A Parable of Rush Hour Diplomacy
There is a bridge in Portland called the Ross Island bridge. It’s a relatively nondescript bridge architecturally. It’s not very pedestrian friendly. Sure, there are some nice views, but nobody is writing home about the Ross Island Bridge.
But maybe they should be. Because tucked away at the west end of the bridge is one of the . . .
Think about the last time you worked out hard.
Was it fun while you were doing it? Hell no.
It was probably somewhere between bearable (“Come on Pete! Only 6 more minutes. You got this.”) and terrible (“I can’t do this. Yes I can … look I’m still moving. Maybe I should stop. No! I got this.”).
Then think about how you felt when you . . .
1. Two Twin Comforters instead of one Queen/King (for couples)
This has been a game changer for my sleep. As someone who is sensitive to temperature and movement, having my own twin comforter instead of sharing a big one has made a noticeable difference. As a side sleeper, it’s also nice to have my own blanket I can pull and put between my . . .
“The only way to make sense out of change is to plunge into it, move with it, and join the dance”
Change is coming for you.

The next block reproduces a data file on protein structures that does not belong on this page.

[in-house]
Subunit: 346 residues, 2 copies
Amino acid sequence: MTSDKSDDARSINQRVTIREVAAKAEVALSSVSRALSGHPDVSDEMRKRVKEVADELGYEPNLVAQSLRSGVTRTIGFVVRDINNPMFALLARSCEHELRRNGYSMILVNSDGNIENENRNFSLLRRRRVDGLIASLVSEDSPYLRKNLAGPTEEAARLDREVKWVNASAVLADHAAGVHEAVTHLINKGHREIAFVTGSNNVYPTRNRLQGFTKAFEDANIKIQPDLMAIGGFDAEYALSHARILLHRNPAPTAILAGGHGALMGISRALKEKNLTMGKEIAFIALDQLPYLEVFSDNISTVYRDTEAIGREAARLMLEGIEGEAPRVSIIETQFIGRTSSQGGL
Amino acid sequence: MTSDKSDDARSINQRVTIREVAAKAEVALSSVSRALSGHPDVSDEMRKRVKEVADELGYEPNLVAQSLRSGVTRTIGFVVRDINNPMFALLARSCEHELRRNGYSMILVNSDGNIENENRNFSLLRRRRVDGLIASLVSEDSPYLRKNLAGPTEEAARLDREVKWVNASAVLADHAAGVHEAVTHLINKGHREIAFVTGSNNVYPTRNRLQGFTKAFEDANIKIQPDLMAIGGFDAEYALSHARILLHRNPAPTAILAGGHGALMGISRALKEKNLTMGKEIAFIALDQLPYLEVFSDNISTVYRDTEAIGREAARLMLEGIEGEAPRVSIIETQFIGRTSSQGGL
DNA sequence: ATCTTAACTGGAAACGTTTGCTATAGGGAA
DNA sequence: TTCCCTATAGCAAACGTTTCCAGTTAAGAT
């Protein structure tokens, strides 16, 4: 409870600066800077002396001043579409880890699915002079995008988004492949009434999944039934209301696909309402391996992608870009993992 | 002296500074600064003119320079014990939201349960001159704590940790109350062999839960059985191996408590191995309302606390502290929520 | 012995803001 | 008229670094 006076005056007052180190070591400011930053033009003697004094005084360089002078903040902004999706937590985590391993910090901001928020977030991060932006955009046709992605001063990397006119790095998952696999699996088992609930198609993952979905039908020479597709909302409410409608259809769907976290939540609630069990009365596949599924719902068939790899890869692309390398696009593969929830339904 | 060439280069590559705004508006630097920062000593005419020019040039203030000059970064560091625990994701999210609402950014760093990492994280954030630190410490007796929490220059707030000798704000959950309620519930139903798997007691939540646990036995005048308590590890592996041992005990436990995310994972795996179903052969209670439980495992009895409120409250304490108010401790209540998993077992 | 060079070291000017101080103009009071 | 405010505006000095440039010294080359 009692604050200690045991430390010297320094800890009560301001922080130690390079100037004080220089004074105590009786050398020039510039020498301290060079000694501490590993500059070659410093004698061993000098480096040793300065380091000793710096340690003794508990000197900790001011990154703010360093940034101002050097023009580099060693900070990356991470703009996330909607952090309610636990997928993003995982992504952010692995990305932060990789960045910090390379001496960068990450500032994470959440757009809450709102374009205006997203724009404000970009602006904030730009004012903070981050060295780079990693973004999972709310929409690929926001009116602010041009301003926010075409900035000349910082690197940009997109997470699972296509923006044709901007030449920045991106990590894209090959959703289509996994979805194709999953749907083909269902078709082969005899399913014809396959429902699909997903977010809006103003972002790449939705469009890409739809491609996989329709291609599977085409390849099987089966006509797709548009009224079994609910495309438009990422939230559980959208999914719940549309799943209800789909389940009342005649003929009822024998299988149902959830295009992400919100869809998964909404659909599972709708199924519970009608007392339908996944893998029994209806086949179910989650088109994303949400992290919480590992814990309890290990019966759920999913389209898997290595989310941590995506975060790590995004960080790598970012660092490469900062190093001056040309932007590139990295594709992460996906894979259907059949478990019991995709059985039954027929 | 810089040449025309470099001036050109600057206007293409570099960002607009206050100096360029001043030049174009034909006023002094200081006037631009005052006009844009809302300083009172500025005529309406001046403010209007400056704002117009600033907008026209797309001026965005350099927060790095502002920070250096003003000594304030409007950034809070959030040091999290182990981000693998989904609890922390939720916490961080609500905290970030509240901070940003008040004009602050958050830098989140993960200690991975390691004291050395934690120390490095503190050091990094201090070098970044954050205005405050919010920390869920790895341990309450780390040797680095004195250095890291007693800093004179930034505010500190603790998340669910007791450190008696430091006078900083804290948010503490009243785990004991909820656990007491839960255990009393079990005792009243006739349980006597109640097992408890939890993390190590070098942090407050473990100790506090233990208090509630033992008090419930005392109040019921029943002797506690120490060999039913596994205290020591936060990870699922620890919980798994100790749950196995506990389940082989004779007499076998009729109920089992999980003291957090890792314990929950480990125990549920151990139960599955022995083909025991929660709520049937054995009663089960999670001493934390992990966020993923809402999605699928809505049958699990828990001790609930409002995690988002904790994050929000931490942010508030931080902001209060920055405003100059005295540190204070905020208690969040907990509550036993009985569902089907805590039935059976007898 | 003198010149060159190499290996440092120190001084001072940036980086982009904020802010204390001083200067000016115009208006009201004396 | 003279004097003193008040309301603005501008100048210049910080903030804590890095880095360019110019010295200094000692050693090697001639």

Change doesn’t care if you’re rich or poor.
Change doesn’t care if you’re happy or depressed.
Change doesn’t care if your CEO or unemployed.
You can resist change, or you can dance with it.
Resisting . . .
You are you.
The way you are anywhere is the way you are everywhere.
The way you are at work is the way you are at home.
The way you treat your waiter is the way you treat your spouse.
The way you react to a bad call on the court is the way you react to your kid when you feel frustrated.
How we do anything is how we do everything.
It’s a . . .
In basketball, the scorecard is easy: Whoever scores more points in 48 minutes wins the game.
In cooking, the scorecard is slightly more complex. It includes price (how much did the ingredients cost?), time (how long does is take to make?), health (is it good for you?), and deliciousness (does it taste good?). When you master all four . . .
11 rules for modern people
1. As a general rule, put your phone away during meals with other people. Not on the table. Out of sight, sound off.
2. For a further challenge, put your phone away during meals alone. Read, listen to a podcast, or just eat and notice your surroundings.
3. If you are expecting a truly important and time-sensitive call or text . . .